The Ministry of Agriculture and Forests (MAGFOR) has authority over the forestry sector, working in concert with the National Forest Commission, the Ministry of the Environment and Natural Resources, and the Ministry of Promotion, Industry, and Trade (MIFIC). MAGFOR is responsible for: developing agricultural and forestry development policies; creating proposals for environmental protection programs and coordinating the implementation of those plans; and creating proposals for the delimitation of agricultural, livestock, forestry, agro-forestry, aquaculture, and fishery development zones. National Forest Institute is responsible for implementing the Forest Policy. The Ministry of the Environment and Natural Resources works with local populations in nationally protected areas to achieve conservation goals. MIFIC is responsible for granting concessions on national lands. Local municipalities assign all tariffs, taxes, and fees for logging, and are also charged with monitoring logging and any issuing any prohibitions related to logging (FAO 2004a; FAO 2004b; Mongabay 2006; Larson 2004).

The Communal Lands Law (2003) recognizes the right of each community to select its own community governing authorities. As such, there is no single traditional institution responsible for forest management across all communities. Community leaders verbally approve all allocation of land and extractive activities, specifically calling out the number of trees or species to be logged with a limit of 5,000 board feet. The community authorities impose a fee for logging, which is invested in road maintenance. The Communal Lands Law (2003) also establishes that territorial authorities oversee the demarcation process. These authorities are elected in assemblies of traditional community authorities that represent the group of communities forming a territorial unit (Larson 2008).


The health of Nicaragua’s forests has suffered from weak governance and lack of funding and support from the central government. In 2008, the GON adopted the National Forest Programme (2008–2012), which has objectives of environmental protection and conservation and sustainable development of the forests to support livelihoods and economic growth. Specific components of the national program include a national reforestation campaign, a forest protection program, support for participatory forest management, and a focus on the management of protected areas and biodiversity. Specifically, the National Reforestation and Natural Resources Restoration Crusade trains community reforestation brigades, Citizen Power cabinets, and indigenous people participating in community forestry programs and supports the production of plants through community nurseries. Municipal governments are responsible for implementing the majority of the reforestation projects. One of the goals of the GON’s Progressive Rural Development Program (PRORURAL) is development of 75,000 hectares of plantation. The GON reports progress: as of 2010, 230,000 students were trained in reforestation techniques and 48,000 hectares were reforested. The program also helped form 476 fire brigades and the GON reports a 95% reduction in the number of forest fires (World Bank 2010c; Larson 2004).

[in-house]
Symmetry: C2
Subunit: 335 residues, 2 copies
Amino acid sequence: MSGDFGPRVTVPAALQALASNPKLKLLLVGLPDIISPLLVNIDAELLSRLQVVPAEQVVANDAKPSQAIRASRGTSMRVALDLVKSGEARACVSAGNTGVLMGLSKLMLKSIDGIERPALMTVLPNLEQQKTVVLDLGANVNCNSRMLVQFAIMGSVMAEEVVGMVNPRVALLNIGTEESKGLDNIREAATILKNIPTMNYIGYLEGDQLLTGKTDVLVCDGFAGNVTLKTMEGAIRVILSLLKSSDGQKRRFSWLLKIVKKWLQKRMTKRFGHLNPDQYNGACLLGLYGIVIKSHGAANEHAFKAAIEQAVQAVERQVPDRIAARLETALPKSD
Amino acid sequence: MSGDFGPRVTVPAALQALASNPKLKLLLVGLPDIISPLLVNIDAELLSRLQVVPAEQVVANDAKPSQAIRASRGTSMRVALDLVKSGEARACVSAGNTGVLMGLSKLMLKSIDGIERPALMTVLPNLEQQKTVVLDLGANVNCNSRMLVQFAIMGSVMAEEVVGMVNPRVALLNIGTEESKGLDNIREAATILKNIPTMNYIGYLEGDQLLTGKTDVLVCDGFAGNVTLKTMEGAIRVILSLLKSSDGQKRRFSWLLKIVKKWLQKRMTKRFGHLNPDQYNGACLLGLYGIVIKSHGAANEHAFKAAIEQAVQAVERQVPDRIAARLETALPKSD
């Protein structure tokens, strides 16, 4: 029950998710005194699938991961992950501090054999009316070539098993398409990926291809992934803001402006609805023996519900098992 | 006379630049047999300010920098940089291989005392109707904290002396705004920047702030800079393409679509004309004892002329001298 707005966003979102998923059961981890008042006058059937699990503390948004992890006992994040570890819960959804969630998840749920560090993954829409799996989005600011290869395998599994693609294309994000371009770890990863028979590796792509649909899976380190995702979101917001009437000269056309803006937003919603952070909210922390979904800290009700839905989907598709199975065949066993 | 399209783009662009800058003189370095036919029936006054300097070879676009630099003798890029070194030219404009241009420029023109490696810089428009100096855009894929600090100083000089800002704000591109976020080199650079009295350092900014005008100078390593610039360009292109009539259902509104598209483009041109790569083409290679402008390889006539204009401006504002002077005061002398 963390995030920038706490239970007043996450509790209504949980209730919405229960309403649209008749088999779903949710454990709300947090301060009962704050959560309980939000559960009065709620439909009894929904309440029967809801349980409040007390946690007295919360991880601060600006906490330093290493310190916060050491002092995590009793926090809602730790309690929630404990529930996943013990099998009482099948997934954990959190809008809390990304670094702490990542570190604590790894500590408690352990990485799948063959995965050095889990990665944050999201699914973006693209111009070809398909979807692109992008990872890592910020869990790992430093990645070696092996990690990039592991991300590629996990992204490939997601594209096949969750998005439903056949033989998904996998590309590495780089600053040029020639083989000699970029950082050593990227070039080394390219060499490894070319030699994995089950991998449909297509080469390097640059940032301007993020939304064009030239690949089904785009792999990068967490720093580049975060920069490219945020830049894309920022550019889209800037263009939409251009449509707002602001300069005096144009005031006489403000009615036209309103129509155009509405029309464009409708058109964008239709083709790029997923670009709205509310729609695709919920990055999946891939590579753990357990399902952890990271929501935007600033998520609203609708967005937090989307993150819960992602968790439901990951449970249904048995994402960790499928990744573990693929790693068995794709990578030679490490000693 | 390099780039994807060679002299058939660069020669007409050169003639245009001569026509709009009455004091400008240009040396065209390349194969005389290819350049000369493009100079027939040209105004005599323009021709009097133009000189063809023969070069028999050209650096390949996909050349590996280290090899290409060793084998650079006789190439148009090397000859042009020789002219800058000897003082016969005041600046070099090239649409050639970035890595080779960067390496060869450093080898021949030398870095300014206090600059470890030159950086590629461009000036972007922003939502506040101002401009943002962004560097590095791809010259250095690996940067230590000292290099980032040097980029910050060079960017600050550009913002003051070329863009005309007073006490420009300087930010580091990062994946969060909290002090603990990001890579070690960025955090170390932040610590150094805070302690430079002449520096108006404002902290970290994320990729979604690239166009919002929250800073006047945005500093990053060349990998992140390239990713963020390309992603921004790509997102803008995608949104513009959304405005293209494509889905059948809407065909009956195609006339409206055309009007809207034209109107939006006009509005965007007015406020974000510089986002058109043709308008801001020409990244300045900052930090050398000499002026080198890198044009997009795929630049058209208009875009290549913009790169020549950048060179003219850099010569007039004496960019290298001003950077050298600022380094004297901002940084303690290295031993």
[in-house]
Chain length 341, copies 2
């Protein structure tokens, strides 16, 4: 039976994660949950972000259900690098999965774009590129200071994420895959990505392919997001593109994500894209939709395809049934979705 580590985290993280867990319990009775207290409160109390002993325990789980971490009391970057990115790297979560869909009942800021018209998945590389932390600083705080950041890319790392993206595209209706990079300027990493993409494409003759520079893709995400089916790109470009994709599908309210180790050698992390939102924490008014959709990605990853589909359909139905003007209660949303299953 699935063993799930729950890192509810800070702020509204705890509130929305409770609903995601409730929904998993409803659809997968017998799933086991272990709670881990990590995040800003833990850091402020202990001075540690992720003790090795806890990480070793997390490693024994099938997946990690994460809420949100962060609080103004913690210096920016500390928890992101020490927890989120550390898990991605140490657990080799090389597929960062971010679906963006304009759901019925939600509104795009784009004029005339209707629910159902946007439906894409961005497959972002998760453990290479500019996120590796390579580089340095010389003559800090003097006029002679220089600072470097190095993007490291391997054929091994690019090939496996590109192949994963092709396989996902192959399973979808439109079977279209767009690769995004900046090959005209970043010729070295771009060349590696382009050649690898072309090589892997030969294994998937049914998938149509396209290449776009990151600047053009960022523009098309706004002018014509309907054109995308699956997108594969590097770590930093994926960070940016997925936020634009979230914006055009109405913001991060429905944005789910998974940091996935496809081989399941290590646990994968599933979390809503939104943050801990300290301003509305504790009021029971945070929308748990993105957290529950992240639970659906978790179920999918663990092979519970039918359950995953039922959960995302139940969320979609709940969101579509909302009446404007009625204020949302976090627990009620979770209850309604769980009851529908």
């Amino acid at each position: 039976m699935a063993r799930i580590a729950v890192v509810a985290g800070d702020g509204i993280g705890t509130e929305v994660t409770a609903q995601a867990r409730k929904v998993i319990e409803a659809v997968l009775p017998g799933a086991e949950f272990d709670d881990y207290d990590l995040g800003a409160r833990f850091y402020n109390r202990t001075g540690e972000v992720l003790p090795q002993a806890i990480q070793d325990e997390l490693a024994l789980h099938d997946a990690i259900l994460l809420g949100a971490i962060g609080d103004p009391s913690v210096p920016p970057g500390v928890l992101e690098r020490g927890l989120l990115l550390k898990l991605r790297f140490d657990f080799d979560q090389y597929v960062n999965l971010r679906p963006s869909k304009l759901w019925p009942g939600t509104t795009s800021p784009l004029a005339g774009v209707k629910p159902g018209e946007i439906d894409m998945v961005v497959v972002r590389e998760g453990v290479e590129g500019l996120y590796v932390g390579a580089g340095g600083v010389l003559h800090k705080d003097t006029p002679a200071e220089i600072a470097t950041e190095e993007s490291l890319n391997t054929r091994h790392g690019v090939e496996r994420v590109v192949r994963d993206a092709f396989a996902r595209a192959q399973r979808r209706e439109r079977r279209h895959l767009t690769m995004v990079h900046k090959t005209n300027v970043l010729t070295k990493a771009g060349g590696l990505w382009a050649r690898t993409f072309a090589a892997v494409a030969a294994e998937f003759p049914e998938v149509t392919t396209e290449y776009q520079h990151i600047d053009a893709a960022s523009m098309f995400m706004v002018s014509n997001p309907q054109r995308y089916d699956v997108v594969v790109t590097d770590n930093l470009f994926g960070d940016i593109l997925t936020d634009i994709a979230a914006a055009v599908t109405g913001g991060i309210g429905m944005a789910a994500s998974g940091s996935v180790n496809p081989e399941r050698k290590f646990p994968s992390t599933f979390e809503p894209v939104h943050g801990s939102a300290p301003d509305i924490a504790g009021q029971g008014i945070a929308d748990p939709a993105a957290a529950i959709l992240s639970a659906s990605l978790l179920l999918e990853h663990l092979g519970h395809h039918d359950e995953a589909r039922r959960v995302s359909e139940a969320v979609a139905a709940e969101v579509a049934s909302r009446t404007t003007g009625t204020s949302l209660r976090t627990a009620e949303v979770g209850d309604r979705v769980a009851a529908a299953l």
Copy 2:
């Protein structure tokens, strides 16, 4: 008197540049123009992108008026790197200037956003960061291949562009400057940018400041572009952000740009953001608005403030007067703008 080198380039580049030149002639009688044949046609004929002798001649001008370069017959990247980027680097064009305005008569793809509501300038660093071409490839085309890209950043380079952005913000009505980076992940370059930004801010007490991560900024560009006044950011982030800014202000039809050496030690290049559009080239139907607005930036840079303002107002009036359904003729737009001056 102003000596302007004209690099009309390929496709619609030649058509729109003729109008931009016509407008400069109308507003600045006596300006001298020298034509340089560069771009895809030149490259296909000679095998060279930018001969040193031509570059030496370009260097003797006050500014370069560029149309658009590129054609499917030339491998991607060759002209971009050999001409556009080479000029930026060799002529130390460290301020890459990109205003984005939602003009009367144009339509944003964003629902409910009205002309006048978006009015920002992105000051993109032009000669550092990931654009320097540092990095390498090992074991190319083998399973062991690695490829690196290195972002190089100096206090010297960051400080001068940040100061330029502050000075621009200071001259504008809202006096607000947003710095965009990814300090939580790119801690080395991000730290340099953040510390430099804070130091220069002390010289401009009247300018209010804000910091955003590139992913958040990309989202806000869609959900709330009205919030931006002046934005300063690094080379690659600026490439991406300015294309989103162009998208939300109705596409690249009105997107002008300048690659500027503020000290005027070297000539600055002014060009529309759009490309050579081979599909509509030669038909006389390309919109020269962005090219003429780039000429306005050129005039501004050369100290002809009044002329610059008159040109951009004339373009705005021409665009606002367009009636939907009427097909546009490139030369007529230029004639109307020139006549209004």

The GON is creating a national strategy to reduce carbon emissions through the prevention of deforestation and degradation (REDD) and establish a foundation for participating in the carbon market. The World Bank-supported Forest Carbon Partnership Facility is supporting Nicaragua’s development of its Readiness Proposal, which sets out a plan to develop the systems and policies for reducing emissions from deforestation and forest degradation, forest carbon stock conservation, sustainable management of forests and enhancement of forest carbon stocks (REDD+). In January 2011, Nicaragua submitted its draft Readiness Proposal (FCPF 2011).


USAID funds programs to support sustainable use of Nicaragua’s forest resources and protection of biodiversity. Many of the programs are implemented in partnership with the USFS, international NGOs like The Nature Conservancy and World Wildlife Fund (WWF), and local communities. USAID and the USFS provide technical assistance and other support to famer associations initiating agroforestry projects in the Miraflor-Moropotente protected area and the Tepesomoto-La Pataste Natural Reserve. The partners also support Nicaragua’s efforts to address illegal logging by conducting workshops on forest laws and regulations for forestry sector officials, legal practitioners, and the general public. The USFS prepared a field identification manual for commonly traded Central American timber species to educate customs and other law enforcement officials. USAID has also partnered with WWF to help the Layasiksa community in RAAN to develop a sustainable management plan for 35,000 hectares of communal forest. The project provided the foundation for the development of a program for the sustainable harvesting and marketing of certified wood and other forest products (USFS 2009; USAID 2006).

The Parks in Peril (PiP) project in Bosawas Reserve, supported by USAID and the Nature Conservancy, engages the local indigenous communities and organizations in conservation by helping demarcate and titling of indigenous forest territories. The program provides legal counsel, territorial border demarcation, and training for nearly 100 voluntary forest guards. The guards enforce indigenous ecological regulations, support the region’s conservation plan, and monitor game species. The program also introduced farmer-to-farmer learning models to promote best practices for agroforestry systems between communities. The program supported the efforts of 41 local communities to obtain land titles covering 2,531 square kilometers, and project implementers hold the demarcation process responsible for slowing the advance of the agricultural frontier (USAID 2009; TNC 2010).